With these variables and acknowledging that serious HPCC users like to tweak the heck out of their configurations for trying to get the best performance results, this test profile makes use of some new Phoronix Test Suite 4.8.4 features for better data recording and reporting. Modern Phoronix Test Suite releases have always reported compiler build information, CFLAGS/CXXFLAGS, and other important system compiler information but now with HPCC it takes use of new pts-core features to report MPI/BLAS library information as footnotes on graphs, extra precision in test results, and other features. Those wanting to try out this automated configuration of HPC Challenge should upgrade to Phoronix Test Suite 4.8.4 and simply run phoronix-test-suite benchmark hpcc.
More information on the HPCC benchmark is available from its test profile page. For those unfamiliar with the PTS test writing process, you can see the HPC Challenge example source via OpenBenchmarking.org Innhold. The HPC Challenge test profile is actively being worked on and further improved, but I'm mentioning it now if anyone has any feedback or suggestions to provide, etc. Look for it to still improve a lot in the coming days.
Besides HPC Challenge in the Phoronix Test Suite, a test profile I did this week in an overall OpenCL push not associated with any specific customer needs (it's my birthday today and I just enjoy working on Linux benchmarks and playing with hardware, so here's a present to you all, but there's also more coming later today...) is introducing OpenDwarfs, an OpenCL computational benchmark consisting of several independent CL test-cases. To run this simply execute phoronix-test-suite benchmark opendwarfs. See the aforelinked test profile page for more information and reference results.
Next up, JuliaGPU, MandelbulbGPU, SmallPTGPU, and MandelGPU have all seen updates to these OpenCL compute tests. The updates to these tests are mostly build changes so they should work easier "out of the box" on more AMD / NVIDIA Linux systems. Phoronix Test Suite 4.8.4 also has expanded external dependency support for handling the OpenCL headers on more distributions.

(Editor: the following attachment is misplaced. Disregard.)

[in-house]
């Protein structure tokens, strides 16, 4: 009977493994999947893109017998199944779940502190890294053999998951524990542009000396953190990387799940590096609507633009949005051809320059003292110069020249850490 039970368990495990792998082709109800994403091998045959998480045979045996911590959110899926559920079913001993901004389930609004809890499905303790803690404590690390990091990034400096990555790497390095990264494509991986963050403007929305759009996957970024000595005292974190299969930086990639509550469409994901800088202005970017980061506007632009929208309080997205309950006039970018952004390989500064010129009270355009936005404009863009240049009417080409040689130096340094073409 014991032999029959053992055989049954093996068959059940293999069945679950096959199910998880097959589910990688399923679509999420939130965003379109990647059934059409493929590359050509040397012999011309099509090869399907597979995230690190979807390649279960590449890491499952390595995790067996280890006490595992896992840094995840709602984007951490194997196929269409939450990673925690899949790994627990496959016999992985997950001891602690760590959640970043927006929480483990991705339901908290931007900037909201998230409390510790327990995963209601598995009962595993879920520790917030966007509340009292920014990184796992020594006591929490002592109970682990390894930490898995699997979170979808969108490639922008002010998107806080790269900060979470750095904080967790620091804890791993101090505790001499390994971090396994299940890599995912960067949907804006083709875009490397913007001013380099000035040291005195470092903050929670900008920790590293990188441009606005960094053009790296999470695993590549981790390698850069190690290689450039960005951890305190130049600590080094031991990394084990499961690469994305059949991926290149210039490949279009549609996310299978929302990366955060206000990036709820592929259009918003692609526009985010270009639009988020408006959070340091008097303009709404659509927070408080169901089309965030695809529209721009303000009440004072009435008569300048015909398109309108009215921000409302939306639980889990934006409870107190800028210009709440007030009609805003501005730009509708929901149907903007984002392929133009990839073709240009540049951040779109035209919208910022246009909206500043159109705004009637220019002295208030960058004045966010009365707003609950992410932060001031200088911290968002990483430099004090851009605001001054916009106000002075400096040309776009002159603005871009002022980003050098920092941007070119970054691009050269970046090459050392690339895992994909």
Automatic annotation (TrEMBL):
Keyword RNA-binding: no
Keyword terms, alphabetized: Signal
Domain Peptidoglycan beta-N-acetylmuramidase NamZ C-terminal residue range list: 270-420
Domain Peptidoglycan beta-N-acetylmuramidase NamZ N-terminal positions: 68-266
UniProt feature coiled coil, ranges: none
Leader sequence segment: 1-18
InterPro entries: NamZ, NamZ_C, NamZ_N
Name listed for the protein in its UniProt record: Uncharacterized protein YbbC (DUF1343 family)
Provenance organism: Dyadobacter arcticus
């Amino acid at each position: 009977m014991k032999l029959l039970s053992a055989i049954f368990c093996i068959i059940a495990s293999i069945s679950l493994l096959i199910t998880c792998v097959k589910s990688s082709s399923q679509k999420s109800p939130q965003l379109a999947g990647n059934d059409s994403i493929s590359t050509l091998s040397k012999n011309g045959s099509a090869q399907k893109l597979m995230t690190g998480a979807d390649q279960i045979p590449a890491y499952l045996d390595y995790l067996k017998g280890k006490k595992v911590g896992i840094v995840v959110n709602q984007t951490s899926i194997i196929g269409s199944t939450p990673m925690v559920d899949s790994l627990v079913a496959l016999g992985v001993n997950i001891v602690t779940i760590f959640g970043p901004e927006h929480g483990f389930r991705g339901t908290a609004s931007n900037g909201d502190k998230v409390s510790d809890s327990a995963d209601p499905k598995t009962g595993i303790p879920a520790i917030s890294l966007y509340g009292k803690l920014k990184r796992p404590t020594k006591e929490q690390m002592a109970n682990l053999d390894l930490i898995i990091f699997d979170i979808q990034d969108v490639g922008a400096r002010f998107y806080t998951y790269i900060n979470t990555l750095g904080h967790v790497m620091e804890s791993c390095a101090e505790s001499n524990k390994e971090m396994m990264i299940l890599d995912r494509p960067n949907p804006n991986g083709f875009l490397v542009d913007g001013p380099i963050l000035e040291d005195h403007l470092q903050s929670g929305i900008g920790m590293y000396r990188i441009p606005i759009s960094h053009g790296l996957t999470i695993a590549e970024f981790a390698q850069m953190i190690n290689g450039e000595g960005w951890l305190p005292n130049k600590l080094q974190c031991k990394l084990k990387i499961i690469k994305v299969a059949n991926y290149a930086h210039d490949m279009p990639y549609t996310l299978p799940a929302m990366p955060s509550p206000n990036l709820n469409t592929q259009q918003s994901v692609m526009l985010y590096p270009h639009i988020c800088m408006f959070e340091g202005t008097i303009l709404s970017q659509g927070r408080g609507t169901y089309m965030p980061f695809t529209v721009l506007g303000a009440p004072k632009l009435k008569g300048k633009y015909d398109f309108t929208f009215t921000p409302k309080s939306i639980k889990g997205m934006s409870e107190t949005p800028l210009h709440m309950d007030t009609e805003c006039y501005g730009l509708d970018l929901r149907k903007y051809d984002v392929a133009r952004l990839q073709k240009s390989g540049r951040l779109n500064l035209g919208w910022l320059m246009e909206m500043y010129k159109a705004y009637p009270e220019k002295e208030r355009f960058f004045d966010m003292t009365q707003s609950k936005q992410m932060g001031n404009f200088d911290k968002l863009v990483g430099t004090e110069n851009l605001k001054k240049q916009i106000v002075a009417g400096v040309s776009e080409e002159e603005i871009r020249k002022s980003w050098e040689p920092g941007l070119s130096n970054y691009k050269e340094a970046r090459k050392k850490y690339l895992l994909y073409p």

Last but not least in this latest OpenCL benchmarking push is the updating of Rodinia to handle OpenCL tests. Rodinia has been in the Phoronix Test Suite for months but only with the MIP code-paths. After making some changes to the test profile this week, Rodinia can now be used for carrying out a number of OpenCL GPU benchmarks.
While not too much to share today, I'm also in the process of updating NPB to support OpenCL benchmarking workloads and separately bringing updates to Open Porous Media.
So head on over to Phoronix-Test-Suite.com and fetch the 4.8.4-Sokndal release to take advantage of new benchmarking features and then go browse OpenBenchmarking.org to find interesting test profiles and/or reference benchmarks for yielding an interesting benchmark experience.
While the Phoronix Test Suite / OpenBenchmarking.org already has hundreds of interesting test profiles, new ones can be easily added and patches to our open-source software and new test profiles are gladly accepted. There's also PTS Commercial for organizations interested in custom engineering services, contracting the creation of new test profiles, or other purposes. Your support is gladly appreciated. For those that appreciate all the work done by Phoronix.com, you can always help out on an individual level by subscribing to Phoronix Premium or sending over a PayPal contribution are most greatly appreciated.
Latest Articles & Reviews
Latest Linux News
Most Viewed News This Week